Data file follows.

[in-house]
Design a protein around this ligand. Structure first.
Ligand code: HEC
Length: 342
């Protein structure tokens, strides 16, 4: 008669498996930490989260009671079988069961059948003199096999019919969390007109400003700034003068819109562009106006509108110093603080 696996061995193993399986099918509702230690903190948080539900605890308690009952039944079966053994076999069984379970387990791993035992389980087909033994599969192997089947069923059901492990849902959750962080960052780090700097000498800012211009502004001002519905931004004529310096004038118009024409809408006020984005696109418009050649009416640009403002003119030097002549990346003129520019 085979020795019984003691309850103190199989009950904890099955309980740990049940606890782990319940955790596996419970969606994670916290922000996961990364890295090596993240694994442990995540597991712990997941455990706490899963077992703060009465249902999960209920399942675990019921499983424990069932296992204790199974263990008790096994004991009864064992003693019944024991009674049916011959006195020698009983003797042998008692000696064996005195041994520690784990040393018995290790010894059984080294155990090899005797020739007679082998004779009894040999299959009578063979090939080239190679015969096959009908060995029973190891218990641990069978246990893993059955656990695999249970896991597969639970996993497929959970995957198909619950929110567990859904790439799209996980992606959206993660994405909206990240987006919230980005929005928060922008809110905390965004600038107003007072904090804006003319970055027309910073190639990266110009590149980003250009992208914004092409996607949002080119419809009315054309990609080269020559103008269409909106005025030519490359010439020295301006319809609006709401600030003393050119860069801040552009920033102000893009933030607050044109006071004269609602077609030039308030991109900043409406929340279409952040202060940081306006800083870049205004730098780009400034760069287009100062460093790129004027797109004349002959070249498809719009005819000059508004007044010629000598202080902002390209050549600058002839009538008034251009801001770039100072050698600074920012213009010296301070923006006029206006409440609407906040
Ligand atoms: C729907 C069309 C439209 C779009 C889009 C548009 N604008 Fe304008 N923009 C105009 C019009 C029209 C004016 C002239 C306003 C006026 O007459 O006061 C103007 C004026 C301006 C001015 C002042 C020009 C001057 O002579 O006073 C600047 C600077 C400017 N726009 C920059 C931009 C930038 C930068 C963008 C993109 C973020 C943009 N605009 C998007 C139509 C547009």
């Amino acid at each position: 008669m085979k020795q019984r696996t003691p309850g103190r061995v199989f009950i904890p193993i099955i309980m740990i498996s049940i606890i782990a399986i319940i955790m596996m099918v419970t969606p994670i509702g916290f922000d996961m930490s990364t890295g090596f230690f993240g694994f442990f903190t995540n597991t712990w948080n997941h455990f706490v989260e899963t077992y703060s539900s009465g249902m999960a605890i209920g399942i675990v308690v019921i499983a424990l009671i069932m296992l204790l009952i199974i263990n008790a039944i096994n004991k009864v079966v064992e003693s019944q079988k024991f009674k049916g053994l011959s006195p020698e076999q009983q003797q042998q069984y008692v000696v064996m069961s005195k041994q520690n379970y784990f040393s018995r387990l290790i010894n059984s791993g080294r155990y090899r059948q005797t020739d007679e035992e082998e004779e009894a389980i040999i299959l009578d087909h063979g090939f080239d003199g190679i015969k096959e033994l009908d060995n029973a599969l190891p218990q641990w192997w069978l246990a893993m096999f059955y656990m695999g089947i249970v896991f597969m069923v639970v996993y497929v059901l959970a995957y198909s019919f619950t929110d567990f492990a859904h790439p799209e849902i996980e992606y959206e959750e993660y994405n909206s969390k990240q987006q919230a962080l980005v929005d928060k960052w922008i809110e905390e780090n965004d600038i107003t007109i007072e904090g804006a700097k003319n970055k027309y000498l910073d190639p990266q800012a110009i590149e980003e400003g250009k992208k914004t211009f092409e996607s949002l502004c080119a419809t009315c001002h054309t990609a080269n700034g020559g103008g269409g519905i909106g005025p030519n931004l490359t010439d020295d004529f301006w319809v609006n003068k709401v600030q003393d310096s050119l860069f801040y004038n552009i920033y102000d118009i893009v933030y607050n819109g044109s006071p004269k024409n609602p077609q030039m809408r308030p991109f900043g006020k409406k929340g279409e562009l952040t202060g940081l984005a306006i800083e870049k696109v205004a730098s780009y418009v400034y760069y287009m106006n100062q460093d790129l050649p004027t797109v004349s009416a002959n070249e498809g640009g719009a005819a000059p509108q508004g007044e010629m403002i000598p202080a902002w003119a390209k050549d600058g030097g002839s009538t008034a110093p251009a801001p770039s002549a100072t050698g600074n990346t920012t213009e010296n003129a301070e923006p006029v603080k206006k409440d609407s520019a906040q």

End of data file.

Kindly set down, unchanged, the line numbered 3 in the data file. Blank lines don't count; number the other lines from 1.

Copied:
Ligand code: HEC